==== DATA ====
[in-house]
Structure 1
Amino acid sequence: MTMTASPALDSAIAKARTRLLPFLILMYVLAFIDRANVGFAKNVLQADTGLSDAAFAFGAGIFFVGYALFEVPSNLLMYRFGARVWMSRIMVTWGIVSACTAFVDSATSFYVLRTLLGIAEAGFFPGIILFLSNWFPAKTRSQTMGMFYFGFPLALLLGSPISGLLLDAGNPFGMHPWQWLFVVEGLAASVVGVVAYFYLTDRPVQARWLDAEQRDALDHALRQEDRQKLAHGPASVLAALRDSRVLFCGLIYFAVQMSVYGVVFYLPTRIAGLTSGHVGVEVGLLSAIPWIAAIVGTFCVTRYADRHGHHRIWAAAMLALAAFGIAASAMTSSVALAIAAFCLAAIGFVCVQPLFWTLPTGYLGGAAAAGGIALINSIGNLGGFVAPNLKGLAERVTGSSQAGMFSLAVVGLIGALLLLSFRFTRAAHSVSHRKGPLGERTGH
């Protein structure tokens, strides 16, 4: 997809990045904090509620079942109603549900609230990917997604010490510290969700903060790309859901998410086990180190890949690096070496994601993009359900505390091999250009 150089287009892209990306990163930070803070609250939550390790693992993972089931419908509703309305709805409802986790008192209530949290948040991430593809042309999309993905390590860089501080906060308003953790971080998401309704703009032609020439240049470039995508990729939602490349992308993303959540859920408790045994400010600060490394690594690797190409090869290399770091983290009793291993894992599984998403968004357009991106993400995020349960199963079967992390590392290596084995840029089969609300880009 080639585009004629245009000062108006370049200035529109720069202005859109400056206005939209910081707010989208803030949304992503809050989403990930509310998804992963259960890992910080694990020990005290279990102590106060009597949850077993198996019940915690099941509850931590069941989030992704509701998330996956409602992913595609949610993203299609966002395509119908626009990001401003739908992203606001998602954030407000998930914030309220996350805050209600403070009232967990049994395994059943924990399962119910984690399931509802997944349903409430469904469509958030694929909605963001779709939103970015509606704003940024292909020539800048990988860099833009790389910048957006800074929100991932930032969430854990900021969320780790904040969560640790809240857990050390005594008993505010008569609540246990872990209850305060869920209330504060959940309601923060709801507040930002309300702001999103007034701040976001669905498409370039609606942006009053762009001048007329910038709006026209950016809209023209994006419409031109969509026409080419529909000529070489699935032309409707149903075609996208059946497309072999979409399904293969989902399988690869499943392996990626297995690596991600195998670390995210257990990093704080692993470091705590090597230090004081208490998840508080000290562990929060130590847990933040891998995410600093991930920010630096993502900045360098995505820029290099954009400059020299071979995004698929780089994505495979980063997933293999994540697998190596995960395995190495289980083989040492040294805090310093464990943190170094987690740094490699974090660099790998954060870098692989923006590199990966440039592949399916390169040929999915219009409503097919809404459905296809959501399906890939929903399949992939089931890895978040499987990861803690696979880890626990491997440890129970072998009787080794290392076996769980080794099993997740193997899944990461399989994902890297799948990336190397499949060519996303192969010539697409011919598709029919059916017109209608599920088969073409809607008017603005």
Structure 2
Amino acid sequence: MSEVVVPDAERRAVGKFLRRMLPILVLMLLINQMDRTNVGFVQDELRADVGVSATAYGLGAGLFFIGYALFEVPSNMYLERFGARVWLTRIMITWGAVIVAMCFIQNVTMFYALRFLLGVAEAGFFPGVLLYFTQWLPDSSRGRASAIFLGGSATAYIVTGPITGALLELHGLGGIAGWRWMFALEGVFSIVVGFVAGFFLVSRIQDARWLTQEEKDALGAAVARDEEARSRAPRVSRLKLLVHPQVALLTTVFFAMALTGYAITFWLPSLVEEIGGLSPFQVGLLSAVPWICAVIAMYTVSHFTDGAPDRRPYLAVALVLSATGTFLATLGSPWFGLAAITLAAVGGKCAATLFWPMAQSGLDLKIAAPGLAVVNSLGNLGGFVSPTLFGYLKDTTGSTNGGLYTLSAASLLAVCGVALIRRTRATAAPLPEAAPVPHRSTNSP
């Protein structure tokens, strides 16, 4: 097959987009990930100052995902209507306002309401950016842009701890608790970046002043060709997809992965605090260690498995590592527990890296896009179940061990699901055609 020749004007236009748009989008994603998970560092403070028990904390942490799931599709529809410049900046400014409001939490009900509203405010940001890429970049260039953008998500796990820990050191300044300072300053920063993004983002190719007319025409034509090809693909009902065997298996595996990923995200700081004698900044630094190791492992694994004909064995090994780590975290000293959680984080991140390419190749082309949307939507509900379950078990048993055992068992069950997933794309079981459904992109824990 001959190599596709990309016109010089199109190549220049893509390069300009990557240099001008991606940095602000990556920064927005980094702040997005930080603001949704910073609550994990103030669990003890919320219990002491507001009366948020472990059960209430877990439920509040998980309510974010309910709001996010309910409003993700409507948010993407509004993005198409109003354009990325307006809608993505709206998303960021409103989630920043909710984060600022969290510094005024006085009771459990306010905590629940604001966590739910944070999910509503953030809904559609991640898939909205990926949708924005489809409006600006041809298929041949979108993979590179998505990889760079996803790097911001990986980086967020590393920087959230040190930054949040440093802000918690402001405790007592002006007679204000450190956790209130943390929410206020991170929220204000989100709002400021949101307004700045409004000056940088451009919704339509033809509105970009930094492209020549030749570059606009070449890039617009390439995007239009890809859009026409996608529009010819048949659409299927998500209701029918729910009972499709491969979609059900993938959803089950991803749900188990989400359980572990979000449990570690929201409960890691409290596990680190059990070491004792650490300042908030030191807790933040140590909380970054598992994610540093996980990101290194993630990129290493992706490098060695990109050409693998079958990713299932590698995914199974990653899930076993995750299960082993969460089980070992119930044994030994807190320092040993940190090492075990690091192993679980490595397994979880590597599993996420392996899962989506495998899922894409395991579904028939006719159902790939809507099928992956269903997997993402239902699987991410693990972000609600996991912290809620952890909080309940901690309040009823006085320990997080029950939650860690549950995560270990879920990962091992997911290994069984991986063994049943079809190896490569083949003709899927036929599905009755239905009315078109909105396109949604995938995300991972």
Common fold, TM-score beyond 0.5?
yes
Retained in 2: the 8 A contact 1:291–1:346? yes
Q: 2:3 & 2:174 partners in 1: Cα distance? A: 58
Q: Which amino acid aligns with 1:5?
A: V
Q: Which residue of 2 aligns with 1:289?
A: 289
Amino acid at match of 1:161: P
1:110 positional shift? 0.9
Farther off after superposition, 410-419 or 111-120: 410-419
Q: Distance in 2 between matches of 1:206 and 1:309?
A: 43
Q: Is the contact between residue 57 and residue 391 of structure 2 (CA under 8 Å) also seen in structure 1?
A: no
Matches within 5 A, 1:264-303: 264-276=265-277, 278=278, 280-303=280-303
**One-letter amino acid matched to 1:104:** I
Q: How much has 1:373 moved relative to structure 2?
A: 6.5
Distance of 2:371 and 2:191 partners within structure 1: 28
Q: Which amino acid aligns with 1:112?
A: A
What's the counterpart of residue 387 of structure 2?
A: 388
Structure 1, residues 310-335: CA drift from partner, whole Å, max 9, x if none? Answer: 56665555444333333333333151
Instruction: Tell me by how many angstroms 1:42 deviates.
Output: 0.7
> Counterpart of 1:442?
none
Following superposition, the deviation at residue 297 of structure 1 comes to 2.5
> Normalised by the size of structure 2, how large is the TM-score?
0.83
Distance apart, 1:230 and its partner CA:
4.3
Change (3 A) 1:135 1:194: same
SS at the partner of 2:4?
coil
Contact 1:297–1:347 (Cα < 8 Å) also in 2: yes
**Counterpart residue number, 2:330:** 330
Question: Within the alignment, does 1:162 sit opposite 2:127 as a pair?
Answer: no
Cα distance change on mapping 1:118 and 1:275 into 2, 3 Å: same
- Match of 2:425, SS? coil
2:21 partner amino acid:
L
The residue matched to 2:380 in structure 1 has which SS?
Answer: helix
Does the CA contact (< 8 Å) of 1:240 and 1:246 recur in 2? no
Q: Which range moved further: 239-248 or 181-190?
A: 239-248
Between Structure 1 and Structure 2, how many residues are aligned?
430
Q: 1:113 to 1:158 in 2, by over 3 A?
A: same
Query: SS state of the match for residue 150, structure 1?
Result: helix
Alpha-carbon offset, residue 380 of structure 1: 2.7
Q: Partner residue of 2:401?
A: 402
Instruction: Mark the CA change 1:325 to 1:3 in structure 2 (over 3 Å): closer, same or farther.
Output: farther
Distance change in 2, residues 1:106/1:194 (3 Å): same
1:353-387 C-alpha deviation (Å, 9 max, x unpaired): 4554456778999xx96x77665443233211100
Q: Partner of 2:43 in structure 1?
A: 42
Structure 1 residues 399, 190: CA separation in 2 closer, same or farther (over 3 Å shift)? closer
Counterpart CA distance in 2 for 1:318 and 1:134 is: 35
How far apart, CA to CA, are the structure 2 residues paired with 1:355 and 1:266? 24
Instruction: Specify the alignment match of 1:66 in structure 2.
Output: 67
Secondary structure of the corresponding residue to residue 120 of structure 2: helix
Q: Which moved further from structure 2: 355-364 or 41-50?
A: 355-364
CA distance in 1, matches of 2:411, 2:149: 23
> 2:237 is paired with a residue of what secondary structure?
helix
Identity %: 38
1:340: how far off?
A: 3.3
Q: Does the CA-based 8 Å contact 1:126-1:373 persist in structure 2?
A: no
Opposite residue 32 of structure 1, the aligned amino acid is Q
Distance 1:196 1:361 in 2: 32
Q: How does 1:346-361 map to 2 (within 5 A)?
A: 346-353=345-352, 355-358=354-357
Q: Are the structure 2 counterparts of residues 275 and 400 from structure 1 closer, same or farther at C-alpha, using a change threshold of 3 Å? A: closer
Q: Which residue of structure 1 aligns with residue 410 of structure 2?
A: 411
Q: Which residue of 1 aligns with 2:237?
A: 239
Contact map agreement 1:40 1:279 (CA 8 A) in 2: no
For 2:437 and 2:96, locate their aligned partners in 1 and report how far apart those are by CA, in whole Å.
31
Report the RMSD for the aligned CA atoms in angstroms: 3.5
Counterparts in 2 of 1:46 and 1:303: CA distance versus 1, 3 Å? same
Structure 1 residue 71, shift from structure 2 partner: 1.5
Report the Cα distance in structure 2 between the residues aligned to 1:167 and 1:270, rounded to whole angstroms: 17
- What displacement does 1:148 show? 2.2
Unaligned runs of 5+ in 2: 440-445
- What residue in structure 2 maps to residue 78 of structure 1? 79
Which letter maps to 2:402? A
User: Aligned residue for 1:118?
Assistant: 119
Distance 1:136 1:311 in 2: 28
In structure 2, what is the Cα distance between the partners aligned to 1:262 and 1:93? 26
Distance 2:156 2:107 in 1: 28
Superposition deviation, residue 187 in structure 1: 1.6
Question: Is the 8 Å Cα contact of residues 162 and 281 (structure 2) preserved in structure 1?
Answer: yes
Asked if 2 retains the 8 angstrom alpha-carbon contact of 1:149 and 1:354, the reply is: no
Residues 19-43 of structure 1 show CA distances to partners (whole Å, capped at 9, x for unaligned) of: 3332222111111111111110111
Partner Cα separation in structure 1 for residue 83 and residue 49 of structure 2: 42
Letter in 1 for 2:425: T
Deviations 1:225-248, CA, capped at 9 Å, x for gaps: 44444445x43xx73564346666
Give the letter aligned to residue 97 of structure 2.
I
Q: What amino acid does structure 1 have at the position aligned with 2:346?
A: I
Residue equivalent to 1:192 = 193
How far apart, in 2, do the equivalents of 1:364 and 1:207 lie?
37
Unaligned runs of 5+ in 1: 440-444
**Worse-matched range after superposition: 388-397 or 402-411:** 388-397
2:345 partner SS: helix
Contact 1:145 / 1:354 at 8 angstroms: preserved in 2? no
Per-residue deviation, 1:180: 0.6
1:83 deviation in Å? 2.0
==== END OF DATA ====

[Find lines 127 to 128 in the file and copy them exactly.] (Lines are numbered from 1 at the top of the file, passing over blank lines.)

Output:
How far apart, in 2, do the equivalents of 1:364 and 1:207 lie?
37